Environment & Science

Private power line sparked Lake Isabella's Erskine Fire

A photo from the Kern County Fire Department shows a new wildfire that broke out late Thursday, June 23, 2016, quickly tearing through dozens of homes and prompting evacuations.
A photo from the Kern County Fire Department shows a new wildfire that broke out late Thursday, June 23, 2016, quickly tearing through dozens of homes and prompting evacuations.
Kern County Fire Department

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Something as simple as a power line rubbing itself bare on a tree limb during a hot, windy day caused the Erskine Fire in late June, one of California's worst-ever wildfires. It was the kind of mishap that, along with other power line problems, cause about four percent of fires in territory overseen by CalFire, analyst Alisha Herring said Friday.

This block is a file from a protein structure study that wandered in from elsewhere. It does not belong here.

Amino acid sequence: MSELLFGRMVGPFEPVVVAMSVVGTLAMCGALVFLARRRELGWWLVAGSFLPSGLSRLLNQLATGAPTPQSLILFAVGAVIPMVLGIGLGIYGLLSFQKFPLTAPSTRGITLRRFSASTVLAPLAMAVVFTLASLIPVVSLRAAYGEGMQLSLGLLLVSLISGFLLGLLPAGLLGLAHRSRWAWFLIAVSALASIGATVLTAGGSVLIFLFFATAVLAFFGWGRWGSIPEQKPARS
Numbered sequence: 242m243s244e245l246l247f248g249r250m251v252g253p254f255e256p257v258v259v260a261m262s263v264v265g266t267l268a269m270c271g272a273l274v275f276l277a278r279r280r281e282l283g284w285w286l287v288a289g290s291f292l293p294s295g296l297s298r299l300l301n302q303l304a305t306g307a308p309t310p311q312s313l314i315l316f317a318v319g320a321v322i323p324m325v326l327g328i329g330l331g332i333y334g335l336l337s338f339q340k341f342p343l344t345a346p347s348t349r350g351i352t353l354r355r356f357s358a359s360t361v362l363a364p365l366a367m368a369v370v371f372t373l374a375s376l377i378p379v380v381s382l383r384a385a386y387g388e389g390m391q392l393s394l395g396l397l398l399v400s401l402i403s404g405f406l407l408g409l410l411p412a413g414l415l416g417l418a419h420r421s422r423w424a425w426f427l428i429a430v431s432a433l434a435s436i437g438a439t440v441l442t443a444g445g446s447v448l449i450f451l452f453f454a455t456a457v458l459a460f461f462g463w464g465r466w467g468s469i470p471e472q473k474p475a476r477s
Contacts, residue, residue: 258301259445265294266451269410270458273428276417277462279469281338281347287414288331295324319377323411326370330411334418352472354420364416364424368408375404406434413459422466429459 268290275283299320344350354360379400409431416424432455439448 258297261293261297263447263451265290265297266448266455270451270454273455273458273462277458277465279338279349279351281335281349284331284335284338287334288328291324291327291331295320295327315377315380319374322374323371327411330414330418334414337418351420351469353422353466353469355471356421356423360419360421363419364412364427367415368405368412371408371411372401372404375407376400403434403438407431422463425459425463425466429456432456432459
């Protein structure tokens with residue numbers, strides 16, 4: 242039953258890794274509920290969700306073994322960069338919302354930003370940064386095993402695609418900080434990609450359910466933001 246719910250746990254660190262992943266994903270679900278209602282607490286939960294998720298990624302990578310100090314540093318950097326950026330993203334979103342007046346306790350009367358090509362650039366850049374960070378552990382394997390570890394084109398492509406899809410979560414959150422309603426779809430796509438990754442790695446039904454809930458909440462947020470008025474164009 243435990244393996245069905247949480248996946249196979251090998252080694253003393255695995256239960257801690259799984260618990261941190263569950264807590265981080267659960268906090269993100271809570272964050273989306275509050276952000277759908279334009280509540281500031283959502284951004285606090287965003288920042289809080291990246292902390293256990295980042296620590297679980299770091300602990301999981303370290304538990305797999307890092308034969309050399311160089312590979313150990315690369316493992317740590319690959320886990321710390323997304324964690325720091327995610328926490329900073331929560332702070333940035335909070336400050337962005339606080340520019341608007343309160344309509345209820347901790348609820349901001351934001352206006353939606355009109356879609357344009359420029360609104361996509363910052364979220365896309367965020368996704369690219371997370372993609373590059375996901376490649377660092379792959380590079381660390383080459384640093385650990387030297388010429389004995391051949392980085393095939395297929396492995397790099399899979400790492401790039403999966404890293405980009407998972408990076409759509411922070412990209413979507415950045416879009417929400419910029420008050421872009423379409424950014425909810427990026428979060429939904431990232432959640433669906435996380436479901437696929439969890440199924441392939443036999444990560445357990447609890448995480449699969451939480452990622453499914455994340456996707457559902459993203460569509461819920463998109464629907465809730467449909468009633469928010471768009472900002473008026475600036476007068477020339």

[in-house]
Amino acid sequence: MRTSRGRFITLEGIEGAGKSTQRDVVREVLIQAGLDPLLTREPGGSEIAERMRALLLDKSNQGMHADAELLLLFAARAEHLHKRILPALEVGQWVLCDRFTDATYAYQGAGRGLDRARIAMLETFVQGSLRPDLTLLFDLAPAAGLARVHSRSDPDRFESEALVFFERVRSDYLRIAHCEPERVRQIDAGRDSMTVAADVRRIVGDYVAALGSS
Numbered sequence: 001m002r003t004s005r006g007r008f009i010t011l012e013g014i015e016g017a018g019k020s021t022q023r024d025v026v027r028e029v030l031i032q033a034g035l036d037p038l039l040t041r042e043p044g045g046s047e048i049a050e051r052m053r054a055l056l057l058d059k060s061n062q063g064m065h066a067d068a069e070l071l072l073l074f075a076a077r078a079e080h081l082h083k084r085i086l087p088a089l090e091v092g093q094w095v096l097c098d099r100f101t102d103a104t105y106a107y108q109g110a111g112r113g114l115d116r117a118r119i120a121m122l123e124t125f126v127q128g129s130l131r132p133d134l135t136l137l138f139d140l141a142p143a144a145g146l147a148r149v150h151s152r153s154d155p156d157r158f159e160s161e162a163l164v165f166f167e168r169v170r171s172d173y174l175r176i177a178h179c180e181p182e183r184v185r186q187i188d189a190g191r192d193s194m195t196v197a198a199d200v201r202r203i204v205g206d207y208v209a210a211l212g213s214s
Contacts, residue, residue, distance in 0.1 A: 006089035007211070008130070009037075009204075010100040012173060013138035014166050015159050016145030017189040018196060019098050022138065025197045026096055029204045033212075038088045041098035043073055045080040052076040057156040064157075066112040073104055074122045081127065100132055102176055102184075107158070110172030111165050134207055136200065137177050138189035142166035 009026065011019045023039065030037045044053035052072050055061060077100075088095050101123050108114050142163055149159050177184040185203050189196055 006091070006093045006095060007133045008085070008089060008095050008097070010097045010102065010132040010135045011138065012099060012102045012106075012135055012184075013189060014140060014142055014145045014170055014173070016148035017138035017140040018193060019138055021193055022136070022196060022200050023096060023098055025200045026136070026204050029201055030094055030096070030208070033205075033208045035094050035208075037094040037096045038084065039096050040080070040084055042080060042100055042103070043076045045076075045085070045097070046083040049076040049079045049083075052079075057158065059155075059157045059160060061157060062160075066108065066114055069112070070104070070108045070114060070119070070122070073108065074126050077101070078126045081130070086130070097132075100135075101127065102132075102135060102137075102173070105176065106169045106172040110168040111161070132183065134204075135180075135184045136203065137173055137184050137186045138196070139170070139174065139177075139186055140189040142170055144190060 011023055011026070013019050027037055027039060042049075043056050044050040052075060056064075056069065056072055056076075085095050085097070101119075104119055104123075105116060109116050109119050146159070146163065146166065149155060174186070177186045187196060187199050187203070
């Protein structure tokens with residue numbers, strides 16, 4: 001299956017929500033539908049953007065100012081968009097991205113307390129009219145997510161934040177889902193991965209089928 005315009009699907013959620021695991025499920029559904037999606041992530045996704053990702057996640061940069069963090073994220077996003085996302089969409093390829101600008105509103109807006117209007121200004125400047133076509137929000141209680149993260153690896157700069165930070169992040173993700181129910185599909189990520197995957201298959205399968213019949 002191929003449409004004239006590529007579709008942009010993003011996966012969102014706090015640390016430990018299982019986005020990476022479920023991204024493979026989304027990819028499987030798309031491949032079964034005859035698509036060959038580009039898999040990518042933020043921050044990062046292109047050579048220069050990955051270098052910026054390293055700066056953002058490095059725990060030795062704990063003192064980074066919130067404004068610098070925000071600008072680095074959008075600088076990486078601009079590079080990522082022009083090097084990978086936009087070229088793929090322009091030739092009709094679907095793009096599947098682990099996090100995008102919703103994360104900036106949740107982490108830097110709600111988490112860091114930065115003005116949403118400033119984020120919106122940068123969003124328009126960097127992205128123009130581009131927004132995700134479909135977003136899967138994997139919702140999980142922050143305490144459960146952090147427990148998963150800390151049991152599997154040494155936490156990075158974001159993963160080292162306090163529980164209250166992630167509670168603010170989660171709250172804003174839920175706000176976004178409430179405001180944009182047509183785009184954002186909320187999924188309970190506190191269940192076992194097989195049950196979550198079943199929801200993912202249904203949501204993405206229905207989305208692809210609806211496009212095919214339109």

The Erskine Fire killed two people, burned 280 homes and damaged hundreds of other structures in the Lake Isabella area east of Bakersfield in Kern County.

The land where the fast-moving fire started is owned by the U.S. Bureau of Land Management, but a private archery club called the Kern River Archers was using the property in a deal with the state's Department of Fish and Wildlife.    

The power line was a privately maintained line running between two buildings. The line had been rubbing on a tree for some time until "a catastrophic electrical arc occurred and hot molten material dropped into the grass,"  Kern County Fire Chief Brian Marshall said in a news conference Thursday.
    
Because the land is federally owned, the BLM will take over the investigation, Marshall said. It could be months before they decide who, if anyone, should be charged fire recovery costs or face criminal charges.
    
Power line malfunctions that cause fires are not uncommon. CalFire says they caused 260 of 6,099 wildfires in its territory in 2015.

Erskine Fire information